Beyond the parade of iconic characters and various political and cultural elements of relevance, the room in India is also the stage where a Terukkuttu ensemble (a Tamil street theater troupe, in dazzling costumes) performs scenes from the Mahabharata, the world’s longest epic poem narrating the power struggles between two families in ancient India. It’s been one of Director Lear’s objectives to learn from Terukkuttu, although this traditional theatre form is fading even in its native land. While a specifically Indian tale, the endless battles depicted in the epic between the Kauravas and the Pandavas, two groups of princes from the same heritage, serve as an allegorical parallel of the ceaseless conflicts in the theatre of world politics.
Developed after the terrorist attacks in Paris in 2015 by director Ariane Mnouchkine and the troupe of the Théâtre du Soleil, A Room in India seems a direct response, as well as a physical manifestation of the sense of helplessness shared by both eastern and western artists. Cornelia and her colleagues also grapple with this disturbing thought: if tomorrow, all the theaters in the world are demolished, will they be missed? It’s a vulnerable position for theatre artists, whose values to the communities might not seem directly beneficial. Cornelia and her troupe of actors battle their inner doubts to define the worth of theatre, to persist despite exhaustion when there are simply too many issues to be addressed, and moreover, to justify the continuous effort to create as a form of healing.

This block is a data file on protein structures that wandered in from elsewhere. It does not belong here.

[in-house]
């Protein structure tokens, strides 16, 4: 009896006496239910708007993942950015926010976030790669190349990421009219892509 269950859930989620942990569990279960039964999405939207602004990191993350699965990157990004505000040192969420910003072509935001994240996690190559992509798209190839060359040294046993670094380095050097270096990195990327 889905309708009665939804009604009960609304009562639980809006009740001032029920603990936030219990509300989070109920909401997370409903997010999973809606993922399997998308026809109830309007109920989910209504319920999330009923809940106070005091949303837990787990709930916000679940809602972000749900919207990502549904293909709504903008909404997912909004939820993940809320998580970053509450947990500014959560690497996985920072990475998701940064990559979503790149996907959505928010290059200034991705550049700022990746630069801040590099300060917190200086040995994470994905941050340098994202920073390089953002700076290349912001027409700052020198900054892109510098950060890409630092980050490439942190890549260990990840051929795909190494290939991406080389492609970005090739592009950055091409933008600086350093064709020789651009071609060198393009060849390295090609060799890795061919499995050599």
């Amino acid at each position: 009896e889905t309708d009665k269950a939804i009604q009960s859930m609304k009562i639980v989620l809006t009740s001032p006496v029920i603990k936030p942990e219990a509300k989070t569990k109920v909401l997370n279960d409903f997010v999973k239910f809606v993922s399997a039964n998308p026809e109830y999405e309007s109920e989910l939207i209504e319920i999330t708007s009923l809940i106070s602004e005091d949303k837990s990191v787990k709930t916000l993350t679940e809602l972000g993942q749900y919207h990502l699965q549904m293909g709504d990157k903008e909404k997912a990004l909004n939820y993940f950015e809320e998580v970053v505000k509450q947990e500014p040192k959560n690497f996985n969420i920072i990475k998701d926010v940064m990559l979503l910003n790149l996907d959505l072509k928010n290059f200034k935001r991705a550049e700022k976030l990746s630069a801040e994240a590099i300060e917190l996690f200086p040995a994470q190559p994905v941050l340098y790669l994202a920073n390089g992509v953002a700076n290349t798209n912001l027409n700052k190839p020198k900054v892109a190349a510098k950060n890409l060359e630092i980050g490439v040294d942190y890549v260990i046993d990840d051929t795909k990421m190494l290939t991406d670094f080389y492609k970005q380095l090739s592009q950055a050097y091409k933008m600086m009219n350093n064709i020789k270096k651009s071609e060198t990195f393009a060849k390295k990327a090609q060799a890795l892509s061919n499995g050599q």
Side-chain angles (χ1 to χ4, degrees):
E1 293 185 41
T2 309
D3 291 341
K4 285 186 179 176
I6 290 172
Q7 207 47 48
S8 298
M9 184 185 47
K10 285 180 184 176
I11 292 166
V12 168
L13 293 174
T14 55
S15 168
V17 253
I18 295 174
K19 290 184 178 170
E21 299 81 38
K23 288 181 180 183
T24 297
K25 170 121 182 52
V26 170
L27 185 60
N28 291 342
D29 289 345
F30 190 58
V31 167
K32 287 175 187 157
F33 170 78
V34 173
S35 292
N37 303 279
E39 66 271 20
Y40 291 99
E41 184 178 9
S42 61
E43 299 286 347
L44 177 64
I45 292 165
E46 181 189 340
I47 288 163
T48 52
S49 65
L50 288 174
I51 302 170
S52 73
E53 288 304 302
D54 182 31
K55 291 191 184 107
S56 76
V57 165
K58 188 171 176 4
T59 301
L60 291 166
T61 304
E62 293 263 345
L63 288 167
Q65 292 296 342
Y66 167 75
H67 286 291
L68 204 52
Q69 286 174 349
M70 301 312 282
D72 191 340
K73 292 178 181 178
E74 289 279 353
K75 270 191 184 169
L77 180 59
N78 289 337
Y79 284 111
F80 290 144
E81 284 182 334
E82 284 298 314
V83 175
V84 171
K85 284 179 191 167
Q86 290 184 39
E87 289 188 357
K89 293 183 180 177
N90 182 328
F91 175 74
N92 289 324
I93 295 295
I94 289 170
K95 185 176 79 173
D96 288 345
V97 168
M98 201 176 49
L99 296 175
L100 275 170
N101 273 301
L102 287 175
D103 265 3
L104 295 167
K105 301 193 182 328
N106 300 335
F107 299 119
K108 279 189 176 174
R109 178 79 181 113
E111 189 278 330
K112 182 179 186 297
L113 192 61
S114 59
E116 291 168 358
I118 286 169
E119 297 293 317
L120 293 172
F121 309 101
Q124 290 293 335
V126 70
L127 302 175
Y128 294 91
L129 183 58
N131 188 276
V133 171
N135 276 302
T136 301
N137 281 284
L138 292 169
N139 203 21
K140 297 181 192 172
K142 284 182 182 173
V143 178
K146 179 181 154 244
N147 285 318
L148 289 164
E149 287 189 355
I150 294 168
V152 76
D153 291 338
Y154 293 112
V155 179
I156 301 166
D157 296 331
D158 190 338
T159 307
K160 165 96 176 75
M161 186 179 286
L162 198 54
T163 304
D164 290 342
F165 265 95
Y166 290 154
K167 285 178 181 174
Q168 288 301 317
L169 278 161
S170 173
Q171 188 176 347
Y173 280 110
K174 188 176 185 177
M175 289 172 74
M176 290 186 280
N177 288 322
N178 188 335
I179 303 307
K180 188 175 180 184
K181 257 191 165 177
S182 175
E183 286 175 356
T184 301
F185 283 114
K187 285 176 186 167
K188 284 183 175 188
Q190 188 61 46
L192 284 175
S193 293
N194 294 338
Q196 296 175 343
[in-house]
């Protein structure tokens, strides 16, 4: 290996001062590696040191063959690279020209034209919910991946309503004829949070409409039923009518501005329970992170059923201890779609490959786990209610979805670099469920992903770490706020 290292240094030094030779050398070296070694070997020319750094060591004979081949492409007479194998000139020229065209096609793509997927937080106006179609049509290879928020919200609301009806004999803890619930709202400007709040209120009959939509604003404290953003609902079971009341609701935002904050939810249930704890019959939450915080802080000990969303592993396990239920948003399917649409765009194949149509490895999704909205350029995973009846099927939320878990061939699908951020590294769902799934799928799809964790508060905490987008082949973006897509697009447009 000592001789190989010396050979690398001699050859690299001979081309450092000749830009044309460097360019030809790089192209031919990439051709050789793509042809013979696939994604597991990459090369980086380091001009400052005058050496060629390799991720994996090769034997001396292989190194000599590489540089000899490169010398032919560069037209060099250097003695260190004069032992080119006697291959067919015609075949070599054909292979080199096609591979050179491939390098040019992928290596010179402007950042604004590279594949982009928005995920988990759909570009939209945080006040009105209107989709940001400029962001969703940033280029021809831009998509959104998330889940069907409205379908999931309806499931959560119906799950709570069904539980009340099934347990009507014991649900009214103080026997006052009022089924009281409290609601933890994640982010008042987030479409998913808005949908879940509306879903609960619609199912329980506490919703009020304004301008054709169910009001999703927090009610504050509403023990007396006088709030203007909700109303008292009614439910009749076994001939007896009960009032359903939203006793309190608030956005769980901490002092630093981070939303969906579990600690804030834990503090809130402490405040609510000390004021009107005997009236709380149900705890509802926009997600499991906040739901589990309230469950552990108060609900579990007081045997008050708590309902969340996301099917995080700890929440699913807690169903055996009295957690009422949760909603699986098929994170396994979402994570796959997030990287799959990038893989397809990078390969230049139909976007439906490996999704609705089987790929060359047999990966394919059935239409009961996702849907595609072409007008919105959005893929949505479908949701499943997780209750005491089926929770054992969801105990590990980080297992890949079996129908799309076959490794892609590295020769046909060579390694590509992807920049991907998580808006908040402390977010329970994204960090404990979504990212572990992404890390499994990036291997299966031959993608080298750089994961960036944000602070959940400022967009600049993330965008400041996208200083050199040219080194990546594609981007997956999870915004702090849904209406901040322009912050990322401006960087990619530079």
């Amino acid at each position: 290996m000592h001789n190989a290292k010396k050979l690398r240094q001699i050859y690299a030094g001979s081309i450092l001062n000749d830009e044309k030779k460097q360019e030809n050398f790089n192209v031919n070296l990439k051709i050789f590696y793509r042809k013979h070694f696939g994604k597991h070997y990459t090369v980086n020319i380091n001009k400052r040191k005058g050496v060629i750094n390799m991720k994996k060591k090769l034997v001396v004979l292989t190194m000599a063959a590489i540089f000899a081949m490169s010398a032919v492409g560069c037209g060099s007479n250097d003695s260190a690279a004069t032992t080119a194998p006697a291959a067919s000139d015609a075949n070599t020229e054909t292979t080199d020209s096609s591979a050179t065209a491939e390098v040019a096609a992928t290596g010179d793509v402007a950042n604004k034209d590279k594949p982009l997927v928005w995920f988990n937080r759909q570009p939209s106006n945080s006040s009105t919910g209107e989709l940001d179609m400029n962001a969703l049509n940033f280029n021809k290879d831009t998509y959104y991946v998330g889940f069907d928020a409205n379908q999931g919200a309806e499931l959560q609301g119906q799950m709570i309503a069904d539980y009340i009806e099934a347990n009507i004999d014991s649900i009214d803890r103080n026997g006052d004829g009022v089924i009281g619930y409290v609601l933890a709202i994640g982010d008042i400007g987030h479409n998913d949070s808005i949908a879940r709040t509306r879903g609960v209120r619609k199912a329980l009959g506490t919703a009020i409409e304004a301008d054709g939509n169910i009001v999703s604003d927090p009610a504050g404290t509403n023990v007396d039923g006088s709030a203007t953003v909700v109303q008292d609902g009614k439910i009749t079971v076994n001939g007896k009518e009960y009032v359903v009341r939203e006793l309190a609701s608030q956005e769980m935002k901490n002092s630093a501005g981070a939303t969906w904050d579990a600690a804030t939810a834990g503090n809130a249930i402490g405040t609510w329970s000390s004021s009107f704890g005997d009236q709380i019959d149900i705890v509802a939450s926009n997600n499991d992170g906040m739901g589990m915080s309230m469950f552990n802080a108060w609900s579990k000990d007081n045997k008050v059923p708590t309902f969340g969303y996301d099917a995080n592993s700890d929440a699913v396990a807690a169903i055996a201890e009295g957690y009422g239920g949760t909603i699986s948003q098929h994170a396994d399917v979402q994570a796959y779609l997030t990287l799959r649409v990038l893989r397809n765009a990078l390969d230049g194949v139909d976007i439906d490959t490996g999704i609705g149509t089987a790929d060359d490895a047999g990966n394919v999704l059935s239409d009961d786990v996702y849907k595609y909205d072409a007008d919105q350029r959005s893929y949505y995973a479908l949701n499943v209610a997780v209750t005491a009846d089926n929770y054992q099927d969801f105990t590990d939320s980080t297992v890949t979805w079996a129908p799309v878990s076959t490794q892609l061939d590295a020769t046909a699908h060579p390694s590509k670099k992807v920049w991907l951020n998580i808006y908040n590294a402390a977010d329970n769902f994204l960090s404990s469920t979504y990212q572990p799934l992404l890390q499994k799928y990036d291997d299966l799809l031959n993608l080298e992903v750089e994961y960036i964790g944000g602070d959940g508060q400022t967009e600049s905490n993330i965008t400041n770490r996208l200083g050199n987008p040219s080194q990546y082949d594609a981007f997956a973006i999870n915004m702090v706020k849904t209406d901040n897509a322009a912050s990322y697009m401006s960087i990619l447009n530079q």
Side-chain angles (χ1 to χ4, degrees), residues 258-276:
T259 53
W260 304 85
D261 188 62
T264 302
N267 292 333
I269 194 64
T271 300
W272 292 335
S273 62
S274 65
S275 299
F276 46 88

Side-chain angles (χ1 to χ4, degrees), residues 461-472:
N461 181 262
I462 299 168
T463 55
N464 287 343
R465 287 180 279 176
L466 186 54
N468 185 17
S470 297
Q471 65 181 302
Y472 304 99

The apparent chaos of A Room in India is very much intentional. The room is where everything happens, and in spite of the busiest, most eclectic collection of elements you can possibly see within one play, the show doesn’t seem to be losing its gravity. Performed in French, Tamil, Japanese, Russian, Arabic, and English, A Room In India is a spectacle of the joined effort of 35 multinational performers, and together they form a small universe of distinct characters. There isn’t a single dull moment in the whopping 3 hours and 35 minute long saga.
The final takeaway offered by the Theatre du Soleil is an unyieldingly hopeful one. The iconic speech from The Great Dictator is staged in the end with Charlie Chaplin’s character, bearded and in a turban, repeating the familiar words of hope. He’s shot down by radical terrorists over and over, but resurrected yet again by the troupe of artists, not yet willing to give in to terror.
The room is a canvas on which various shades of saturated colors swirl into harmony, each one representing a different culture or religion or political stance. But at the end of the day, it’s proof that theater, or rather, any kind of community-based art, is a counterbalance to violence. Will theaters be missed if bombings and terrorists attacks and general unrest, destroyed them all? As far as I can tell from A Room in India, none of those things can destroy theater to begin with. The artists are much more resilient than that.
A Room in India runs to December 20. More production info can be found here.